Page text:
Guest Blog Posts

How Writing Poetry Helped My Brain and Body Heal – guest blog by June G. Paul

"I can't walk and talk at the same time." We hadn't seen each other in quite some time and my friend was frustrated with me. I kept having to stop every time I wanted to say something and my body was veering off course. It didn't seem like it was only my body veering off course, it seemed my very life was, and it was! I had experienced a 'like a stroke' event, a rabid bat bite, and severe adverse reaction to medication, all of which compounded together nearly paralyzed me.

I could hardly lift a book to read, a glass to drink from or grip a pen or pencil hard enough to write. It was also difficult to gather my thoughts, find my words and speaking aloud I would hear myself misplacing the order of words in my sentences. I also noticed this misplacement of the order of words in my writing.

I scrawled and crawled my way back to health. Scrawling out poems became part of my therapy. The first ones were quite horrific. A person who is suffering physically, mentally and emotionally, is not going to produce brilliant, flowing, peaceful poetry that flows in a steady stream of thought. My writing became a form of physical, mental and emotional therapy all at once. By that I mean at one time, each time I wrote, I was exercising all three areas. As a spiritual person, I was also working with balancing my faith. Knowing I could bring some relief and healing to myself by being proactive in all these areas I kept writing.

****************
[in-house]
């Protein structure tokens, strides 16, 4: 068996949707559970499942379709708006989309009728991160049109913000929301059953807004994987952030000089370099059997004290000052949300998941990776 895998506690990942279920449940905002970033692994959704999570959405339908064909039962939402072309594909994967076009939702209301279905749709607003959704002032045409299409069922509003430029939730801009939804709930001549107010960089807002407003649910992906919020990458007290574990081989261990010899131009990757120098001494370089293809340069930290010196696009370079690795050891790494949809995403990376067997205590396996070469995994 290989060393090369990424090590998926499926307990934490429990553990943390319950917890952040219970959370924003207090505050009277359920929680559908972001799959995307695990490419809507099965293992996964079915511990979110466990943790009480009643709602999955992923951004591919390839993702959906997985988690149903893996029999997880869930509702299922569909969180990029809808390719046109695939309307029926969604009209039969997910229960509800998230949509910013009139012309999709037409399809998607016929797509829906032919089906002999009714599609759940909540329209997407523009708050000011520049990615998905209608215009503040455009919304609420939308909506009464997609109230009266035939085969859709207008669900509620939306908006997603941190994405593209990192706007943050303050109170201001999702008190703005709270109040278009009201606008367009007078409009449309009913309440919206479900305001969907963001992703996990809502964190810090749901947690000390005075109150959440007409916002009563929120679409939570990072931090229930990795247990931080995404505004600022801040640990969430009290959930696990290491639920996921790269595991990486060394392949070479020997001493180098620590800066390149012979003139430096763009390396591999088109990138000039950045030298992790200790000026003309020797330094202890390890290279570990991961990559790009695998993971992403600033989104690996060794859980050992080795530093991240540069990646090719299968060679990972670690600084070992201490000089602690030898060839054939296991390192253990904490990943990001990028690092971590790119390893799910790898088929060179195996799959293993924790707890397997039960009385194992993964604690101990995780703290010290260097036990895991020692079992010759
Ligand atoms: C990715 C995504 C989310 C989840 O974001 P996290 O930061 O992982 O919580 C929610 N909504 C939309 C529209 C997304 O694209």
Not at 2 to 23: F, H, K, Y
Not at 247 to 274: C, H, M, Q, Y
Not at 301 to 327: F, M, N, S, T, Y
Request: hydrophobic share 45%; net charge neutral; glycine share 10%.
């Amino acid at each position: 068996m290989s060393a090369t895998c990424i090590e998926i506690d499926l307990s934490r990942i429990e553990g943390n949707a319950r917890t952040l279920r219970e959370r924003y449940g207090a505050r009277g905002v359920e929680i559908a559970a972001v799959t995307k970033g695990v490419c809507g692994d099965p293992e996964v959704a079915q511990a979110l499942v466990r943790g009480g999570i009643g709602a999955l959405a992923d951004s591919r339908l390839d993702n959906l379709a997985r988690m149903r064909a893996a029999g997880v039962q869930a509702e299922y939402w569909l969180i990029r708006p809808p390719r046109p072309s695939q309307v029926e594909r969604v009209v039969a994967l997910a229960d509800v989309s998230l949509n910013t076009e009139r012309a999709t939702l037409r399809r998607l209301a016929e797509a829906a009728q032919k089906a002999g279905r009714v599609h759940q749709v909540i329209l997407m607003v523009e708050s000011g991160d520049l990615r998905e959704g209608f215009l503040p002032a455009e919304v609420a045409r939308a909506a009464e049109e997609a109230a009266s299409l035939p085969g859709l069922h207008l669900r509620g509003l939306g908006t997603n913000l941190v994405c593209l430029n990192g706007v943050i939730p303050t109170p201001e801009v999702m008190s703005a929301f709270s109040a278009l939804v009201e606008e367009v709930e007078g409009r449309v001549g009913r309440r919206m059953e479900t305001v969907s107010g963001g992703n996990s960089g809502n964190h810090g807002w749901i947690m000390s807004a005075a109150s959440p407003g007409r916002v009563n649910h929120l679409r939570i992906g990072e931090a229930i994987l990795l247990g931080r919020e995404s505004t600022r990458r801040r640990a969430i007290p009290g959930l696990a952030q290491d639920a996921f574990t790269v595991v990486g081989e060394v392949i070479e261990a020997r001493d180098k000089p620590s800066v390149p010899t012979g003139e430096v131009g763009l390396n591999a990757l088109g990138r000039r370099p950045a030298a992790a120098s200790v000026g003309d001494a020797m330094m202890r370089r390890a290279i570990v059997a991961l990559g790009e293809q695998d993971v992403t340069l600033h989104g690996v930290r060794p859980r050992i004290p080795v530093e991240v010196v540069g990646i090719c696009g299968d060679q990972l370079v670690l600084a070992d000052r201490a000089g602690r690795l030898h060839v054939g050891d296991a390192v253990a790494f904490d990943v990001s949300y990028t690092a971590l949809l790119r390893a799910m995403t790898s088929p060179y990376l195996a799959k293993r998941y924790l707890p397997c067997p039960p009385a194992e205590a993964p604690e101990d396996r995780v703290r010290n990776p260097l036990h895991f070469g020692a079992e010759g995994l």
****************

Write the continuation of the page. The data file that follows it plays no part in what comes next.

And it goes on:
I remember looking at the pencil and thinking the keyboard was easier, but I knew that since I had been using a keyboard for so long, I needed to re-learn how to grasp a pen or pencil. I am by nature, right handed so began writing sentences with my right hand. I copied sentences so that I could get the words in order. I hand wrote some poems and reflections I had typed in the past. Then remembered I had learned if you want to wake up some of the brain cells we have on reserve you should try to do things a little different. So I began drawing letters with my left hand and then moved into writing some cursive. Some days I felt like I was in preschool. I'm smiling as I write this, because preschool is really fun when you think about it.